Supreme Court: NGT Must Allow Parties to Rebut Expert Committee Recommendations Before Issuing Directions
In a recent ruling, the Supreme Court underscored that the National Green Tribunal (NGT), functioning as an adjudicatory body, must adhere to the fundamental principles of natural justice. Additionally, the Court clarified that when the NGT intends to rely on an expert committee's report or any other relevant material, it is imperative to notify the concerned party in advance and ensure that the concerned party is provided with an opportunity for discussion and rebuttal.
During the proceedings, the Division Bench comprising Justices B V Nagarathna and Prashant Kumar Mishra acknowledged that the NGT holds the status of a judicial body and consequently performs adjudicatory functions.
“The very nature of an adjudicatory function would carry with it the requirement that principles of natural justice are complied with, particularly when there is an adversarial system of hearing of the cases before the Tribunal or for that matter before the Courts in India. The NGT though is a special adjudicatory body constituted by an Act of Parliament, nevertheless, the discharge of its function must be in accordance with law which would also include compliance with the principles of natural justice as envisaged in Section 19(1) of the Act,” the Court stated.
The Supreme Court reviewed a series of appeals challenging a collective order issued by the NGT’s Principal Bench in New Delhi. The order instructed specific thermal power plants to install air pollution control and monitoring devices, as well as ensure the prompt utilisation and disposal of fly ash as remedial measures.
The Supreme Court noted that the NGT had issued the aforementioned directions based on the recommendations provided in two reports submitted by an Expert Committee established by the NGT.
The Court observed that the NGT had accepted these recommendations and imposed remedial measures without affording the appellants, who were the subject of the order, an opportunity to voice their objections. The Bench determined that this action contravened Section 19(1) of the NGT Act, 2010, which states that the Tribunal is not bound by the Code of Civil Procedure, 1908 but must adhere to the principles of natural justice.
In this context, the Supreme Court invoked the "official notice" doctrine, which stipulates that parties involved in a legal matter must be duly notified of the materials relied upon by an authority and must be provided with an opportunity to present their explanations or rebuttals.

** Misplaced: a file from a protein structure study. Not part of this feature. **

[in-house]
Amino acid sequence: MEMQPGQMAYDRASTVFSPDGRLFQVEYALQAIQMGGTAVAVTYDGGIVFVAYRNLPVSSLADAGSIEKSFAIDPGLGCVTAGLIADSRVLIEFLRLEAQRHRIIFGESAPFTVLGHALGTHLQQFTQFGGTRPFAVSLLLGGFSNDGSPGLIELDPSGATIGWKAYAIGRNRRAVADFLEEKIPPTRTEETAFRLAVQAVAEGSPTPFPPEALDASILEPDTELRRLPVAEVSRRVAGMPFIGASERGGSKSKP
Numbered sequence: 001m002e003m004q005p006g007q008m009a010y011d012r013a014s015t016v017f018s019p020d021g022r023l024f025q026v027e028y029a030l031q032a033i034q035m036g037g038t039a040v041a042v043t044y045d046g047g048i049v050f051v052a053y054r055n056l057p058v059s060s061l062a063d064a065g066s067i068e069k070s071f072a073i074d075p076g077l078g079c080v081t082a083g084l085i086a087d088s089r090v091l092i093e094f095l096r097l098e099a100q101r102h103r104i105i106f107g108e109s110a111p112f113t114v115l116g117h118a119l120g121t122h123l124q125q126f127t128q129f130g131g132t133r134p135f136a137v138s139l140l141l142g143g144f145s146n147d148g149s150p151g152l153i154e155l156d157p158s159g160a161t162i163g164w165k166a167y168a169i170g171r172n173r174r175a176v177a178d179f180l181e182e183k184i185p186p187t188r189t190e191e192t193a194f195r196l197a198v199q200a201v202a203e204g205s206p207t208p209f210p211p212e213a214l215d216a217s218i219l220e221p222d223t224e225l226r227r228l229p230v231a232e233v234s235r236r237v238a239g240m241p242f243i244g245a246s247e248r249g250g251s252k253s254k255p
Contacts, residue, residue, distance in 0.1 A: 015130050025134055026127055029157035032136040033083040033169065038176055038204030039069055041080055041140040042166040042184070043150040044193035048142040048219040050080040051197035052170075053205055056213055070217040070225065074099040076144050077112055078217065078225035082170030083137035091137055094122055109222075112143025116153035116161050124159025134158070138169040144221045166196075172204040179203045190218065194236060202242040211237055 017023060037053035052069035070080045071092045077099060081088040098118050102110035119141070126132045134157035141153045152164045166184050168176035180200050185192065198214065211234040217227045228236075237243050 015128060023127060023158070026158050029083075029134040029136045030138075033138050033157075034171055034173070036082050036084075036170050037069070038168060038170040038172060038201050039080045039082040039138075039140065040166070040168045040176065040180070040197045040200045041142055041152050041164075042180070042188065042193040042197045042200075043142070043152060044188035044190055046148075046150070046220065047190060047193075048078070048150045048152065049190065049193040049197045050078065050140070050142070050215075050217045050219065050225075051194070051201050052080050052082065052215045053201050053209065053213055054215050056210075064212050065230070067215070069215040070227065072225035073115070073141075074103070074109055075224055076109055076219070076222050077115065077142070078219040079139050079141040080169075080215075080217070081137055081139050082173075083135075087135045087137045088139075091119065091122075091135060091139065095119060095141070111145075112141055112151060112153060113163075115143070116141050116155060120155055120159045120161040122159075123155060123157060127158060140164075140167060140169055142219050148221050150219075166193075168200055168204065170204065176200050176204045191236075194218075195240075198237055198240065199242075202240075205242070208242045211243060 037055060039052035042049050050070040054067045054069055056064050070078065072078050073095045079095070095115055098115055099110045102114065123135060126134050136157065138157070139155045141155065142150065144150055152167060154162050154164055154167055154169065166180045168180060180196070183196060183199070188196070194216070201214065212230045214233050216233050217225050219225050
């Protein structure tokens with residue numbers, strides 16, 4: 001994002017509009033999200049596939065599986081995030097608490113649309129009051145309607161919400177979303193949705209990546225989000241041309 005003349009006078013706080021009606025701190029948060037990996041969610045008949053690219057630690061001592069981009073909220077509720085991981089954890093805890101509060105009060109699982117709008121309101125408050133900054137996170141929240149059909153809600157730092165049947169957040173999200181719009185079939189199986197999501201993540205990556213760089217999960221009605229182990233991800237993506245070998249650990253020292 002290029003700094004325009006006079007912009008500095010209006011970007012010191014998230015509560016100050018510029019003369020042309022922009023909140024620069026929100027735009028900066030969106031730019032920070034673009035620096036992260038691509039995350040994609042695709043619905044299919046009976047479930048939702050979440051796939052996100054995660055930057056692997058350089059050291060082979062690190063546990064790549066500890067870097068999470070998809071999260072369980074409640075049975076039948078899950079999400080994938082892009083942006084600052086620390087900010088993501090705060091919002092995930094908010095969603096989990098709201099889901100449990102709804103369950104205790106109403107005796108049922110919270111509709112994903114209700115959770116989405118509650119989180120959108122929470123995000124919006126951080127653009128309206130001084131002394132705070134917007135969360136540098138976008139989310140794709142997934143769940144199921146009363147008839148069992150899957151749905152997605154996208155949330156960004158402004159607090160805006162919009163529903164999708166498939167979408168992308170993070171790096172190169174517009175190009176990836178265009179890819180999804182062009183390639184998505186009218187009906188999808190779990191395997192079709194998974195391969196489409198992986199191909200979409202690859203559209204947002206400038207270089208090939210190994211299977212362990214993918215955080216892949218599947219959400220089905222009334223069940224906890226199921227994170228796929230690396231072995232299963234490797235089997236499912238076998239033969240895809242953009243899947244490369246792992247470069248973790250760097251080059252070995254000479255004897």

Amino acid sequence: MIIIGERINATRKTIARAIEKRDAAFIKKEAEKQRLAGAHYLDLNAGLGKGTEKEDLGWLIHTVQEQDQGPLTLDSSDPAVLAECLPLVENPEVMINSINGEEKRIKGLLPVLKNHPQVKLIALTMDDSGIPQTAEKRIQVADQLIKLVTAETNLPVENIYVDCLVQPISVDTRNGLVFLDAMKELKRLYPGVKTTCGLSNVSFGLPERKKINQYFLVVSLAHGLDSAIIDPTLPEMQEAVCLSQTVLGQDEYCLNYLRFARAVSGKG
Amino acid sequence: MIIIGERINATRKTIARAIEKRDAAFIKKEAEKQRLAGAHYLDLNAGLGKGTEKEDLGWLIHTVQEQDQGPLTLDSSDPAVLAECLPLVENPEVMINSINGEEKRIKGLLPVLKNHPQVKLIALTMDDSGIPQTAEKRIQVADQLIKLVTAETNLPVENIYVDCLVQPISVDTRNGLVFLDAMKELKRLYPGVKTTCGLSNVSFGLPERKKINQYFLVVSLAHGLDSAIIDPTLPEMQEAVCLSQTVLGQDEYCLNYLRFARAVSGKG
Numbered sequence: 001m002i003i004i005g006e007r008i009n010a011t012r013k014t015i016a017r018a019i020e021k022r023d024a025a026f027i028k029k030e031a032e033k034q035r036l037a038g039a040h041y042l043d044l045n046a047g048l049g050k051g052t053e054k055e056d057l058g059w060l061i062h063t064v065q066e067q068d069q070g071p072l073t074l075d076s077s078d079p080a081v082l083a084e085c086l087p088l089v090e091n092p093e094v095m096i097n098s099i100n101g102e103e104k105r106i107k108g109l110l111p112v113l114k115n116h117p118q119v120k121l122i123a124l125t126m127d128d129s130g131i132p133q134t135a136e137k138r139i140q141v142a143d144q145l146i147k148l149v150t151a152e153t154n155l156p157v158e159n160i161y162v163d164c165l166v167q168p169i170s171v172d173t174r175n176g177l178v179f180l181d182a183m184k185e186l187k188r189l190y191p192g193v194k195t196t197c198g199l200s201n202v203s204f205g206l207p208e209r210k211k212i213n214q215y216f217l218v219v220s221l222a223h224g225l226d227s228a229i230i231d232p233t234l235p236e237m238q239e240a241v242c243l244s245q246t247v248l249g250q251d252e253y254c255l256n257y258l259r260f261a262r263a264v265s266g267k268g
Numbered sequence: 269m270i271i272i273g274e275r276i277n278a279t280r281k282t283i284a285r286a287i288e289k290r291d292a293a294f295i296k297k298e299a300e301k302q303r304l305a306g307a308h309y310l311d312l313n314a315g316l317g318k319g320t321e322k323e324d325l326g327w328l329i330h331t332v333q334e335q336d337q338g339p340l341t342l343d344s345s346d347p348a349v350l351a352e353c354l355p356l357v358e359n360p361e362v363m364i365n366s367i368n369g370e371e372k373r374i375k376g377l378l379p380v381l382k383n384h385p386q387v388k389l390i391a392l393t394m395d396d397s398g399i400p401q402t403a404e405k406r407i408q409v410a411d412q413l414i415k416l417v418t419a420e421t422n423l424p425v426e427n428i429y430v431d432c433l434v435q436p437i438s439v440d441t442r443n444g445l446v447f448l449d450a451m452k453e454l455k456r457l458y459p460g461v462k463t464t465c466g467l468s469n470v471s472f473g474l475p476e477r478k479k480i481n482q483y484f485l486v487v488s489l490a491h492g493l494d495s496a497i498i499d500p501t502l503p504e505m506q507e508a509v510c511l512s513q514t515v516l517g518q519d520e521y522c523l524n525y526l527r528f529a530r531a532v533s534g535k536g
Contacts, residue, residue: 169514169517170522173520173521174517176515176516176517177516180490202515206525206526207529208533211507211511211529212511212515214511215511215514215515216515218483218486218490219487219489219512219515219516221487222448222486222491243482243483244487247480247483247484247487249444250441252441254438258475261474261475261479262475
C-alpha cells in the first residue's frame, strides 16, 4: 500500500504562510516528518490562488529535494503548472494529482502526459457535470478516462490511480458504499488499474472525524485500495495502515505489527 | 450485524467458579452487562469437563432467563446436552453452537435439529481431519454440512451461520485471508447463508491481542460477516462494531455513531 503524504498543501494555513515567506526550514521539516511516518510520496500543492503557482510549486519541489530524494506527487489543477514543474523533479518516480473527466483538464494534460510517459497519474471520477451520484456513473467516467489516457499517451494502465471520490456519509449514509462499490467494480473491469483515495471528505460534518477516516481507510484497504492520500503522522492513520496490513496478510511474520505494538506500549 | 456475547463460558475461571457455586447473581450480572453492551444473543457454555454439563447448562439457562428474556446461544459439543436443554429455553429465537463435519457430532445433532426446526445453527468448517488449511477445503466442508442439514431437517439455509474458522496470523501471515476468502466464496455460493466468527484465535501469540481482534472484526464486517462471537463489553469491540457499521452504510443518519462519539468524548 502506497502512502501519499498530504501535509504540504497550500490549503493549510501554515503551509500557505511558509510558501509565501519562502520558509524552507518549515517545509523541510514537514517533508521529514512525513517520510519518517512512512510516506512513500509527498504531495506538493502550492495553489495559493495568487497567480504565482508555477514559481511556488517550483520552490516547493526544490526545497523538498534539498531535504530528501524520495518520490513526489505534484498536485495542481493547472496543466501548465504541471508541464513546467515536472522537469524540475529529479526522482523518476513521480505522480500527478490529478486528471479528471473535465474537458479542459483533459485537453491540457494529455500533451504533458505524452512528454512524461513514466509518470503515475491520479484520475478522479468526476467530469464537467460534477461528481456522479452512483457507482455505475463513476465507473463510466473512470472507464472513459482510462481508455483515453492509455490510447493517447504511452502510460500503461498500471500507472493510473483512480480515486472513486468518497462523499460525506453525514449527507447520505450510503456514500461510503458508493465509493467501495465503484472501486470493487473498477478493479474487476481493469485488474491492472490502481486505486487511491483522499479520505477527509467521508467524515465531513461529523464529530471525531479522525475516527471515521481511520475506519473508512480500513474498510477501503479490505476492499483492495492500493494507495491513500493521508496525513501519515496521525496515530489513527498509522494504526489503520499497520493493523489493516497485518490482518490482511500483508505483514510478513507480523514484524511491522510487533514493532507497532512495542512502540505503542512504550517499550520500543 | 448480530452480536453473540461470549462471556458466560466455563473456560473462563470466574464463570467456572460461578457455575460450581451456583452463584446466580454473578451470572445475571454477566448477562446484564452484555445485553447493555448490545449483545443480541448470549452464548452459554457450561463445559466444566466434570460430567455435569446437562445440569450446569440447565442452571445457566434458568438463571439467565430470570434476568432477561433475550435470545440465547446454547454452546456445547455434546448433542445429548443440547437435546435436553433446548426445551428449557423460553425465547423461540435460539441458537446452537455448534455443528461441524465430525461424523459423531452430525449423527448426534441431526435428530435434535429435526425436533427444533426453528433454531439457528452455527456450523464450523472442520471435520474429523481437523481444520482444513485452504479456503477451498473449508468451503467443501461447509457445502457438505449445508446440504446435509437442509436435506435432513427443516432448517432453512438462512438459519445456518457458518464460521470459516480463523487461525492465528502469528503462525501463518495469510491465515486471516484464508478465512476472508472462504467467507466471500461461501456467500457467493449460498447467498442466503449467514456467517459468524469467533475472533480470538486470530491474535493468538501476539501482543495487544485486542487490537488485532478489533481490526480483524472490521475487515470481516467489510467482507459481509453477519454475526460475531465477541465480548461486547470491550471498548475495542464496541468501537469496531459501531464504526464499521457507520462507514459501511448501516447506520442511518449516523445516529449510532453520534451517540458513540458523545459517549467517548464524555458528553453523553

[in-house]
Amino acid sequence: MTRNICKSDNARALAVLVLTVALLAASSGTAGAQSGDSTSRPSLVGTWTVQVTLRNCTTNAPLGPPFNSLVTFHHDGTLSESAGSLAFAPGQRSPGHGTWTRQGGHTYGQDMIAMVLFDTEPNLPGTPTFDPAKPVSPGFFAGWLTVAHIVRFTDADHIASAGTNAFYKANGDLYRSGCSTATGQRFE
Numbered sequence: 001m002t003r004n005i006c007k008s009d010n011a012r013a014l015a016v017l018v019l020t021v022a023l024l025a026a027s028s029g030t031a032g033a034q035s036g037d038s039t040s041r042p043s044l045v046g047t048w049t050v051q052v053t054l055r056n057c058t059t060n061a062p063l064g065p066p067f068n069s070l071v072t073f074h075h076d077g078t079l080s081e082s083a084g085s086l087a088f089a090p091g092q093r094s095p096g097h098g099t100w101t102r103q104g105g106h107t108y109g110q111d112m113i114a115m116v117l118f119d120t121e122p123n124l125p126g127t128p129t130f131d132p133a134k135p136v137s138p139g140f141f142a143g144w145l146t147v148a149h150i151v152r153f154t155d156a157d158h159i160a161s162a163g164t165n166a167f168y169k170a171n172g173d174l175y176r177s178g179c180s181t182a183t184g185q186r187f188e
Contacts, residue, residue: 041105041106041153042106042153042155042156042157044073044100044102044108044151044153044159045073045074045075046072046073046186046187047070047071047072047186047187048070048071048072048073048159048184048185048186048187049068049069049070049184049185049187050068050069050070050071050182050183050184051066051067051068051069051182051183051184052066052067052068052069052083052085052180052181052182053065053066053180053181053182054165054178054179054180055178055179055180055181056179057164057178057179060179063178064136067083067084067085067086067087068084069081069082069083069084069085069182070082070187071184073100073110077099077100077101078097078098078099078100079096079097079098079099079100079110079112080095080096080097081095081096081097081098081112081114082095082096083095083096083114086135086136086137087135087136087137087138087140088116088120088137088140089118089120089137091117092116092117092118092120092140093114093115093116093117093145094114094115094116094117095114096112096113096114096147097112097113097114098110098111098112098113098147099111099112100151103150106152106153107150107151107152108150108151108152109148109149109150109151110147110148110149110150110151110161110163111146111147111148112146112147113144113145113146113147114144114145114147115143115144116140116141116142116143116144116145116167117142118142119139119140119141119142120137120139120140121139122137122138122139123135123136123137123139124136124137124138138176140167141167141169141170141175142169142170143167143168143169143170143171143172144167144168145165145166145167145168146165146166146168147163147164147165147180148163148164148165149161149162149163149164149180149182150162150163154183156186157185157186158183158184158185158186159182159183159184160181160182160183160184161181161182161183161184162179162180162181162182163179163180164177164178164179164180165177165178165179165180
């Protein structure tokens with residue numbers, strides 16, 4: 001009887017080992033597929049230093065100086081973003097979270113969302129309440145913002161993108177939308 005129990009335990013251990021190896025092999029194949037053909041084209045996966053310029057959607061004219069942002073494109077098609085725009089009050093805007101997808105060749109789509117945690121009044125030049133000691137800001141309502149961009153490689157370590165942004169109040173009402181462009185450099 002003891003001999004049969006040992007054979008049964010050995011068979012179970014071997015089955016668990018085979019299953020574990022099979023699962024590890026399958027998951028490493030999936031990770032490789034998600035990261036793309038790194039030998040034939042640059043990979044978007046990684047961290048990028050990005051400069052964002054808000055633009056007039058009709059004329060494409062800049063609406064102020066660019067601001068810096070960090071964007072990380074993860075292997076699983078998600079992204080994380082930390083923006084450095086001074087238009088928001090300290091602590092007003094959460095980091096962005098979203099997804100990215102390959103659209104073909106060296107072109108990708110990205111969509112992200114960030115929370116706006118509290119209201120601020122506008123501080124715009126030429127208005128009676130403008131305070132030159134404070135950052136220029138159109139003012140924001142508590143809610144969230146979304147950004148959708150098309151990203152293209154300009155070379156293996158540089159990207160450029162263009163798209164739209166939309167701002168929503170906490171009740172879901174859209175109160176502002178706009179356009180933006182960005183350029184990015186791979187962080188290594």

“The data on which an authority is acting must be apprised to the party against whom the data is to be used as such a party would then have an opportunity not only to refute it but also supplement, explain or give a different perspective to the facts upon which the authority relies,” the Court observed.
Citing the "official notice" doctrine, the Supreme Court observed that when it comes to cases presented before the NGT, if the NGT intends to rely on an expert committee's report or any other relevant material that has come to its attention, it must disclose such information to the concerned party in advance.
This disclosure ensures that the party has an opportunity for discussion and rebuttal. The Court emphasised that factual information obtained through a committee report, if to be considered by the NGT, must be shared with the parties involved, allowing them a reasonable opportunity to provide their observations or comments on the report to the Tribunal.
Furthermore, the Court specifically highlighted that the recommendations put forth by an expert committee are not legally binding on the NGT. Instead, they are intended to serve as guidance for the Tribunal in reaching its decision.
“Experts’ opinion is only by way of assistance in arriving at a final conclusion. But we find that in the instant case, the report of the expert Committee as well as the recommendations have been made the basis of the directions and such an approach is improper,” the Court said.
The Court took note of the fact that the appellants were not afforded the opportunity to present their objections to the recommendations made by the Expert Committee. It pointed out that the recommendations were uploaded on January 15, 2022, while the final order of the Tribunal was passed merely three days later on January 18, 2022.
Consequently, due to non-compliance with the principles of natural justice, the Supreme Court deemed the order of the NGT to be invalid. The Court set aside the impugned order and remanded the matter back to the Tribunal for reconsideration.